Berkeley Patients Group hit with $6 million tax debt

(Berkeleyside) The state Board of Equalization is contending that the Berkeley Patients Group, one of the oldest and largest medical cannabis dispensaries in California, owes $6 million in back taxes, Berkeleyside has learned.

The board claims that the dispensary on San Pablo Avenue did not pay taxes on the medical marijuana it sold from July 2004 to June 2007 and now owes $4.4 million in taxes and about $1.6 million in interest.

The charges come on the heels of a September 2010 ruling in which the Board of Equalization determined that another Berkeley cannabis collective, Patients Care Collective, had to pay $639,000 for back taxes it owed from January 1, 2005 to September 8, 2008 on the sales of cannabis and marijuana cookies.

The Berkeley Patients Group, which has about 13,000 members and serves 800 to 1,000 patients each day, is contesting the charges, according to Elisabeth Jewell, whose firm Aroner, Jewell, & Ellis advises BPG on governmental regulations. Until February 2007, the laws regarding the collection of taxes for the sale of cannabis were murky, which is why the BPG did not pay, she said.

“There is no allegation of malfeasance in terms of collecting a tax and not paying it,” said Jewell. “The Berkeley Patients Group contends it was not clear to them that they had to pay sales taxes on what they consider medicine.”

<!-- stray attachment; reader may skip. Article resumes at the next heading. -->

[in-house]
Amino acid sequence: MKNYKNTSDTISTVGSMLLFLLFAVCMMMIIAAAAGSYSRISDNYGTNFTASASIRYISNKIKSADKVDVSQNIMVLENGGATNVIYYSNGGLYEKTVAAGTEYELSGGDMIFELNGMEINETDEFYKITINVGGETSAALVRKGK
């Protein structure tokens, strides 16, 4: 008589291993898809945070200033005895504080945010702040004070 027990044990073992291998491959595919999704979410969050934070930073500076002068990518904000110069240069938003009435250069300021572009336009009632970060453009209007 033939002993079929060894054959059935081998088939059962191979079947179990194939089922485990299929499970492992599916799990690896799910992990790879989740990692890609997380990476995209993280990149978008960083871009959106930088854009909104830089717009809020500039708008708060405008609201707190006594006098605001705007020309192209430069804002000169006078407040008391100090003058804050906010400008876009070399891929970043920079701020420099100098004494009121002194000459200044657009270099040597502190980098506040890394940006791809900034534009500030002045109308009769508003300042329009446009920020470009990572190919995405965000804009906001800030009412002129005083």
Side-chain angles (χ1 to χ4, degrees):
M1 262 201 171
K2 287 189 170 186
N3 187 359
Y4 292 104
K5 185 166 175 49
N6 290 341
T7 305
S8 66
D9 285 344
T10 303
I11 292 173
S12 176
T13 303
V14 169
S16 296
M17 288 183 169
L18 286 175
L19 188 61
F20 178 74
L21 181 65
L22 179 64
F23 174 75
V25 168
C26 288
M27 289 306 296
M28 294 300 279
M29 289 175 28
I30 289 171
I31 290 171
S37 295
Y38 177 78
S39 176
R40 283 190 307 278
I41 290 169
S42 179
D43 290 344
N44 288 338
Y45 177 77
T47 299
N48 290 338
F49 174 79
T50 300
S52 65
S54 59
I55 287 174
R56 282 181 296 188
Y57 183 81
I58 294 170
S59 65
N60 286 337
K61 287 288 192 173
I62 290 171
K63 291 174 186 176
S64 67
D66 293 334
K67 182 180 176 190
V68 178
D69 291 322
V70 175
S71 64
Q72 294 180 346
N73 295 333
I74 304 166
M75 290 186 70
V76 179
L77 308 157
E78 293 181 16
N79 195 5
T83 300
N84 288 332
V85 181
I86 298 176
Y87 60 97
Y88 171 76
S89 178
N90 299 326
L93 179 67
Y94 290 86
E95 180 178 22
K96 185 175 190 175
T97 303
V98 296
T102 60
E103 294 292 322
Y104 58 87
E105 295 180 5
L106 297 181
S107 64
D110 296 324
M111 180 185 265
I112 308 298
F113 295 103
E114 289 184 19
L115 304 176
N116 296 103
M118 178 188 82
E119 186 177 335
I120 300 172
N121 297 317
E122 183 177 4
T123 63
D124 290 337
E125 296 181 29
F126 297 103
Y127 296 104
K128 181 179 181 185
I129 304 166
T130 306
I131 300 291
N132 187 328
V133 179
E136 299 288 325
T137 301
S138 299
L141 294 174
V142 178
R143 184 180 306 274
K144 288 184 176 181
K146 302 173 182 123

That seems a bit unfair, doesn’t it?  Going after people for back taxes they didn’t pay because the Board of Equalization hadn’t decided until 2007 to require people to pay those taxes.

Still, this isn’t the first instance of using tax law to go after the big dispensaries in California.  Harborside Health Center, also in the Bay Area and one of the other biggest dispensaries, is under investigation by the feds for tax violations concerning deductions for their business which the government contends cannot be deducted, since they contribute to an illegal federal activity.

Remember how they finally got Al Capone, the bootlegging gangster of Prohibition?  It was tax evasion (not to say BPG or HHC resemble Capone in word or deed or in any way but selling something the government has banned.)

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